"Linda, maybe I should do a little more digging into the owners’ history of this house. That desk dates earlier than the 1980s when Thomas and Selma bought that living room furniture and child’s bedroom set from the store. I want to go through all these boxes, and the desk too."
"Look at this chair! Trisha, it’s marvelous and in perfect condition."
Just then, we heard a tapping sound and Linda squealed.
I laughed aloud. "Mr. Plumes has gotten the shutters open I see." I walked over to the window and wiped a small circle in the dust covering the pane. Mr. Plumes was motioning for us to unlock the window. "Linda, grab his flashlight and bring it over, will you; I need to figure out how to work this lock." After some tugging and pulling, the window opened.
"Well it’s about time! I didn’t think you ladies would get it unstuck.""Never underestimate determination of a woman," Linda said, and laughed.
"This house is much older than the others around here. Still, it is sturdy and with care, will last for many years to come," Plumes said.
"I hope so! It’s my home," I said. "You are right though; according to the title search they built this house in the late 1890s. They built all the others in the early to mid 1900s. This neighborhood has withstood the test of time, and it’s quiet with a minimal crime rate."

Four months after consulting with the contractors, the home was ready for occupancy. I had to tell mom that I was moving into the house, and that not only was I moving but I was purchasing a couple other homes in the neighborhood and remodeling them also. I could lease or sell those after the remodeling was complete. The attic had taken several weeks to complete because it had been previously unfinished, so they installed new lighting and drywall. I was proud that I managed to stay in the planned price range with the refurbishing of the home.
Linda has been a godsend. She helped with cleaning the attic, and making decisions about kitchen appliances and window coverings. The five bedrooms of the house all were upstairs. Two bedrooms were on the left side of the hallway. A third, and smaller room, was on the right with its own half-bath. The other bathroom was on the right of the hallway and directly across from the master bedroom. A fourth bedroom was also small but had ample space for a full bed. We both like the home’s floor plan, downstairs and off the living room was a small room that I can utilize as an office, a larger den adjoins the dining room. Some previous owner had added a carport and large laundry room to the home and that was a plus, and had saved me having to do it.
Linda has also agreed to live with me. This decision will help mom’s acceptance of my moving into my own home.
I had never been in the house alone, and while I waited for the delivery men to bring the furniture, I steeled myself for dealing with the storage room beneath the stairs. The room was larger than I’d first thought. I flipped the light switch and ducked down, walked a few steps before I stood without hitting my head on a stairwell beam. I walked over to the corner where I had stayed during most of the time when TS held me hostage, and sat down. The small bucket I had used for bathroom needs and the water bottle was gone. Apparently, contractors had disposed of them.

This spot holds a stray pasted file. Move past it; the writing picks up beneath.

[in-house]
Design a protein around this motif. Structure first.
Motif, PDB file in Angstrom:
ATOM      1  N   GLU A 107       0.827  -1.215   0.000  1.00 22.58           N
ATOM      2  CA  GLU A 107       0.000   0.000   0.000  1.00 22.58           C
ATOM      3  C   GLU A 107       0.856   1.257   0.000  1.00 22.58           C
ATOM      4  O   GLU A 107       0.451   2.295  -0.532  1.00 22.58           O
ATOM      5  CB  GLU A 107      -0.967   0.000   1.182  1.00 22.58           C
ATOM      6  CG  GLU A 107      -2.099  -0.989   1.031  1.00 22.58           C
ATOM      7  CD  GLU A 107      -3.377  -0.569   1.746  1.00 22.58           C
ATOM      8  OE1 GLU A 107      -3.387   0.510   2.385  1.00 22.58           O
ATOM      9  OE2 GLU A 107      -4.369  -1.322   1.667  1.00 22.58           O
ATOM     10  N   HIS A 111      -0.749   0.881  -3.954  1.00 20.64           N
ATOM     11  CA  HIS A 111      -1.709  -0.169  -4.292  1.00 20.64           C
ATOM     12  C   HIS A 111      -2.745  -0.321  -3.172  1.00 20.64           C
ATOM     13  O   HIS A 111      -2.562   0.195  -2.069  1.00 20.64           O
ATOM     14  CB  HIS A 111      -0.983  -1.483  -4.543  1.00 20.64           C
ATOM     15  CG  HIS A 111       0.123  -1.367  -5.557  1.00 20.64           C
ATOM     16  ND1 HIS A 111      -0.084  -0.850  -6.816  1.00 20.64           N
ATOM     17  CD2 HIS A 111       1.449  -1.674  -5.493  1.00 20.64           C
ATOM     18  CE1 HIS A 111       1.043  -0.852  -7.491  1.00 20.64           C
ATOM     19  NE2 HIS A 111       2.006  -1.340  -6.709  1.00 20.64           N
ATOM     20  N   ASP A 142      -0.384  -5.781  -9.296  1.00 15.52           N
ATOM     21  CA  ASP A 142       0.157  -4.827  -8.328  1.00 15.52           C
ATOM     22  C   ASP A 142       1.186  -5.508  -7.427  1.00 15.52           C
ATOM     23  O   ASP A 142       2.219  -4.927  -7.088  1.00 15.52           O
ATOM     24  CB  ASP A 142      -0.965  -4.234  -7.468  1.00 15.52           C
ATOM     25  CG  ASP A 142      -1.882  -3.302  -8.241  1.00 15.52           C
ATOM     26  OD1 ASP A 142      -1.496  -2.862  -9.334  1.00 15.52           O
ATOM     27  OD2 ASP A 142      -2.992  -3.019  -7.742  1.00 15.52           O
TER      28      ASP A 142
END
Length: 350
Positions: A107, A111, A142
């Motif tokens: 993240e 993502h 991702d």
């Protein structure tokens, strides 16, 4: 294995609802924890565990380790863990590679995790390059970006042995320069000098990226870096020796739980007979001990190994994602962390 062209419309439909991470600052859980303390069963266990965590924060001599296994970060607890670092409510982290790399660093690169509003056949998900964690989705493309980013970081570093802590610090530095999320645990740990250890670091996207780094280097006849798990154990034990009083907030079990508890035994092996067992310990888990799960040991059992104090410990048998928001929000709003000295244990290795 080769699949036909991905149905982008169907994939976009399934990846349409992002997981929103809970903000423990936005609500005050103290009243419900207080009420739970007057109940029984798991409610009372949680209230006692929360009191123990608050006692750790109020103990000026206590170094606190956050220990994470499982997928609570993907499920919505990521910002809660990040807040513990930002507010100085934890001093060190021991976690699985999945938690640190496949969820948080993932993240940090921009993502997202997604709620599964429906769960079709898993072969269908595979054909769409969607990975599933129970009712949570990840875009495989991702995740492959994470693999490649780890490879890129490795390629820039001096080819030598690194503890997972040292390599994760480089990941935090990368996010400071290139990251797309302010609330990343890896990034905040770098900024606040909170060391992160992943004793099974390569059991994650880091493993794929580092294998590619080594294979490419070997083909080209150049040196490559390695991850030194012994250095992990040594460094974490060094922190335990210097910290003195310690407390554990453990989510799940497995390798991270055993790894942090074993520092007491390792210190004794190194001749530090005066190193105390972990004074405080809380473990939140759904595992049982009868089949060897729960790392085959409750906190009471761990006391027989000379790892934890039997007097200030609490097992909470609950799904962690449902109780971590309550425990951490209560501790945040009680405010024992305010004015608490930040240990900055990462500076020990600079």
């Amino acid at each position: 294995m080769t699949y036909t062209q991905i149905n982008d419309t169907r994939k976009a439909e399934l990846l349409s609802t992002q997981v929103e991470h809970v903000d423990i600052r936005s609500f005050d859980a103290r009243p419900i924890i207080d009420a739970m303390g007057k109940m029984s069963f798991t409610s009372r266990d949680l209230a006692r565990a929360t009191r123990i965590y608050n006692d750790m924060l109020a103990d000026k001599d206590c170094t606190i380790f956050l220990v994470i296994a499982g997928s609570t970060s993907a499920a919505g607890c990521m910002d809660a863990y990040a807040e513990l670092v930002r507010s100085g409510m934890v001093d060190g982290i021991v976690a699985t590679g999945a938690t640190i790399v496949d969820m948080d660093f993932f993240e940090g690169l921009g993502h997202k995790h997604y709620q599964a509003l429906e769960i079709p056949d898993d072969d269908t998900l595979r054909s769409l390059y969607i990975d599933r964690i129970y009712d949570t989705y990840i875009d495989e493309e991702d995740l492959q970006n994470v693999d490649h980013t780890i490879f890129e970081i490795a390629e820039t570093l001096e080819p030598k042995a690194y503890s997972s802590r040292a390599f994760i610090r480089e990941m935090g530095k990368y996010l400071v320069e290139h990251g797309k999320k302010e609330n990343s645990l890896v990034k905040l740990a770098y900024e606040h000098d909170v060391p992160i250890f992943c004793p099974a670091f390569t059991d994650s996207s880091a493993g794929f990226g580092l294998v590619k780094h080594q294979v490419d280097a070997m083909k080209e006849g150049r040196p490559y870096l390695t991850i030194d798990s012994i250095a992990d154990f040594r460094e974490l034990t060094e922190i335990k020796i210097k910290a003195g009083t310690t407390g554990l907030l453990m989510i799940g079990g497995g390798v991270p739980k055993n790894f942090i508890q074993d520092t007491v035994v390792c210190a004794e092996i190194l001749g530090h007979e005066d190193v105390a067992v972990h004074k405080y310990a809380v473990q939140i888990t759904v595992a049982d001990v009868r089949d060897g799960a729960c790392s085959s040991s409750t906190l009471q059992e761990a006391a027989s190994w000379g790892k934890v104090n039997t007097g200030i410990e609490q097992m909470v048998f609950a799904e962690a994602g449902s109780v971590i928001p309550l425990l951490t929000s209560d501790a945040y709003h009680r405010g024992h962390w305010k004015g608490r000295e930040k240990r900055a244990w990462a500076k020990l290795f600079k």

Memories flooded me, and I could hear the two men’s voices in my mind. The last moments of my captivity washed over me as if it was happening again. My biological dad had slammed open the door and crawled over to me. I had fainted but visions of him dragging me to the door were clear and fresh. He had grabbed me. I was sure of this now. In his ghostly world, he had learned much. But, the one thing he’d learned most was that all he did in life was a weight he had to carry throughout his afterlife. He wanted to make up for those wrongs. Saving his daughter was the one thing he could do to help appease his guilt and hopefully, help me to forgive. He had carried me to his car, and driven to my home then gently put me down on the lawn, knowing the occupants inside would soon discover me. I had seen my brother as my father pulled me from the room, his vision was fading but his hand was reaching out toward me, asking for my forgiveness. I gave it to him, felt a surge of mental energy encompass me and then he faded away.

I left the room and turned off the light, my eyes were misting with tears so I went into the laundry room to wash my face before the delivery men arrived. When I heard the doorbell I looked out the window and saw the name Weston Furniture painted on a large van. The driver of the van backed into the drive and pulled a dolly from the back before instructing the second man on what to do. They brought the bedroom furniture out first and I showed the men where the different bedroom sets belonged. One man was bringing in a dresser and headed through the first bedroom door when I stopped him.
"That one goes in the room on your left, facing the foot of the bed.""I just deliver Ma’am, I don’t decorate," he said.
I walked up to him and pointed to where I wanted the dresser put, "it goes there," I said, in a voice that demanded he do his job and do it correctly.
"Whatever,” he breathed, but I heard him. "Larry," I said, when noticing his name on the uniformed shirt. "Are you familiar with the Weston store policy for deliveries?"
"Are you familiar with the Weston Furniture Store policy for deliveries?"